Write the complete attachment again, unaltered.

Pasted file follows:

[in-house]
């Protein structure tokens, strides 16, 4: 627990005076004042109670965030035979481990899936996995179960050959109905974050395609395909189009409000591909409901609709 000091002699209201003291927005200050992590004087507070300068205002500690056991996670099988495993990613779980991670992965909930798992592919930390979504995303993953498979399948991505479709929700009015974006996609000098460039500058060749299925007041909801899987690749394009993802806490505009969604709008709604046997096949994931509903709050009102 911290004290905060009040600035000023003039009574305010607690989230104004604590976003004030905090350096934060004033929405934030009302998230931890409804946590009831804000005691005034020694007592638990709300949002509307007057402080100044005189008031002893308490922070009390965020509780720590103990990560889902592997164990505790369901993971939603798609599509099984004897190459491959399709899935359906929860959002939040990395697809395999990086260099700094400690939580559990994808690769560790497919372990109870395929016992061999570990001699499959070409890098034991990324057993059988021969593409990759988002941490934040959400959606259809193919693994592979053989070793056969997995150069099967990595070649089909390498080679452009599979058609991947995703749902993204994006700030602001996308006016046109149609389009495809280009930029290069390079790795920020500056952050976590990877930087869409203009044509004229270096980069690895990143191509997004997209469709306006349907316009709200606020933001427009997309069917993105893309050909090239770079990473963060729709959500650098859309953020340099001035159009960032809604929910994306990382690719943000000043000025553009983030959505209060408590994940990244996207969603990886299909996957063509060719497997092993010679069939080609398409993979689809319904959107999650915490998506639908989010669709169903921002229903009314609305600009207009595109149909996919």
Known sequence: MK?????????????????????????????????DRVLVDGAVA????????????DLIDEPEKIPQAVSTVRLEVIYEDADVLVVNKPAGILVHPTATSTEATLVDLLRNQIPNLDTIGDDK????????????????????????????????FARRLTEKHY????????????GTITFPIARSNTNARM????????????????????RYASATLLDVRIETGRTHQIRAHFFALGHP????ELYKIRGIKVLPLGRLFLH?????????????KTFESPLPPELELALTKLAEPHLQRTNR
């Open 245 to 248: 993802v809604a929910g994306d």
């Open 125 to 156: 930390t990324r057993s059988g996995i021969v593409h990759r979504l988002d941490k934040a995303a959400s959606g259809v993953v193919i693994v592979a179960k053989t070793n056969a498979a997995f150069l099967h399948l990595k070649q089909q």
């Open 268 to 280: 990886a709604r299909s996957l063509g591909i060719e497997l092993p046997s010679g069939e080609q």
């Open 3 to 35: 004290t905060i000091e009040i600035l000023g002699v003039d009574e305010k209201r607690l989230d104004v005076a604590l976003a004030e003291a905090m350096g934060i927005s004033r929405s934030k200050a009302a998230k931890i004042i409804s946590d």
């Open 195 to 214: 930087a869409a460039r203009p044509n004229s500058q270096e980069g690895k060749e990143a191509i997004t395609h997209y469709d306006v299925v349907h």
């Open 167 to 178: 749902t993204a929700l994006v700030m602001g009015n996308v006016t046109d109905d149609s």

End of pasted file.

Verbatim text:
[in-house]
């Protein structure tokens, strides 16, 4: 627990005076004042109670965030035979481990899936996995179960050959109905974050395609395909189009409000591909409901609709 000091002699209201003291927005200050992590004087507070300068205002500690056991996670099988495993990613779980991670992965909930798992592919930390979504995303993953498979399948991505479709929700009015974006996609000098460039500058060749299925007041909801899987690749394009993802806490505009969604709008709604046997096949994931509903709050009102 911290004290905060009040600035000023003039009574305010607690989230104004604590976003004030905090350096934060004033929405934030009302998230931890409804946590009831804000005691005034020694007592638990709300949002509307007057402080100044005189008031002893308490922070009390965020509780720590103990990560889902592997164990505790369901993971939603798609599509099984004897190459491959399709899935359906929860959002939040990395697809395999990086260099700094400690939580559990994808690769560790497919372990109870395929016992061999570990001699499959070409890098034991990324057993059988021969593409990759988002941490934040959400959606259809193919693994592979053989070793056969997995150069099967990595070649089909390498080679452009599979058609991947995703749902993204994006700030602001996308006016046109149609389009495809280009930029290069390079790795920020500056952050976590990877930087869409203009044509004229270096980069690895990143191509997004997209469709306006349907316009709200606020933001427009997309069917993105893309050909090239770079990473963060729709959500650098859309953020340099001035159009960032809604929910994306990382690719943000000043000025553009983030959505209060408590994940990244996207969603990886299909996957063509060719497997092993010679069939080609398409993979689809319904959107999650915490998506639908989010669709169903921002229903009314609305600009207009595109149909996919």
Known sequence: MK?????????????????????????????????DRVLVDGAVA????????????DLIDEPEKIPQAVSTVRLEVIYEDADVLVVNKPAGILVHPTATSTEATLVDLLRNQIPNLDTIGDDK????????????????????????????????FARRLTEKHY????????????GTITFPIARSNTNARM????????????????????RYASATLLDVRIETGRTHQIRAHFFALGHP????ELYKIRGIKVLPLGRLFLH?????????????KTFESPLPPELELALTKLAEPHLQRTNR
């Open 245 to 248: 993802v809604a929910g994306d």
């Open 125 to 156: 930390t990324r057993s059988g996995i021969v593409h990759r979504l988002d941490k934040a995303a959400s959606g259809v993953v193919i693994v592979a179960k053989t070793n056969a498979a997995f150069l099967h399948l990595k070649q089909q």
């Open 268 to 280: 990886a709604r299909s996957l063509g591909i060719e497997l092993p046997s010679g069939e080609q």
């Open 3 to 35: 004290t905060i000091e009040i600035l000023g002699v003039d009574e305010k209201r607690l989230d104004v005076a604590l976003a004030e003291a905090m350096g934060i927005s004033r929405s934030k200050a009302a998230k931890i004042i409804s946590d």
């Open 195 to 214: 930087a869409a460039r203009p044509n004229s500058q270096e980069g690895k060749e990143a191509i997004t395609h997209y469709d306006v299925v349907h």
């Open 167 to 178: 749902t993204a929700l994006v700030m602001g009015n996308v006016t046109d109905d149609s």